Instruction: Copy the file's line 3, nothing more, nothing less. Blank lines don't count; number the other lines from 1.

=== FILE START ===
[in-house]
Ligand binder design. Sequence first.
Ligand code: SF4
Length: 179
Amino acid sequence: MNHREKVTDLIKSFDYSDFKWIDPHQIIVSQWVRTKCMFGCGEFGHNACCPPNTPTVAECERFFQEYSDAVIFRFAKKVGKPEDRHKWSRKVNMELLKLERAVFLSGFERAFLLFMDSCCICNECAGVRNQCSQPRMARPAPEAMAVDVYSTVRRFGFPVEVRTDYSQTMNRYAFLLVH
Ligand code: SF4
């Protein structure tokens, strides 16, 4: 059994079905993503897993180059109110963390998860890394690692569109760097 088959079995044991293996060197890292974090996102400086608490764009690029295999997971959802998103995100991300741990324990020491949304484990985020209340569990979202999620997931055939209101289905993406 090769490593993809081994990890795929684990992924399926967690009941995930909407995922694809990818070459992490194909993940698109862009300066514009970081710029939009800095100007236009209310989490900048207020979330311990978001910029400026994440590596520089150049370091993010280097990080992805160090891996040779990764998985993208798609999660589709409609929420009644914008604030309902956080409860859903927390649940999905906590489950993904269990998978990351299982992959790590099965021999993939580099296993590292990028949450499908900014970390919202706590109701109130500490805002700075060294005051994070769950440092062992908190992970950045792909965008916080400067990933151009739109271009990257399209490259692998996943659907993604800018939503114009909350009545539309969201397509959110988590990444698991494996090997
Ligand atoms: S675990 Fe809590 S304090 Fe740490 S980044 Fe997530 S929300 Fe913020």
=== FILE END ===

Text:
Ligand code: SF4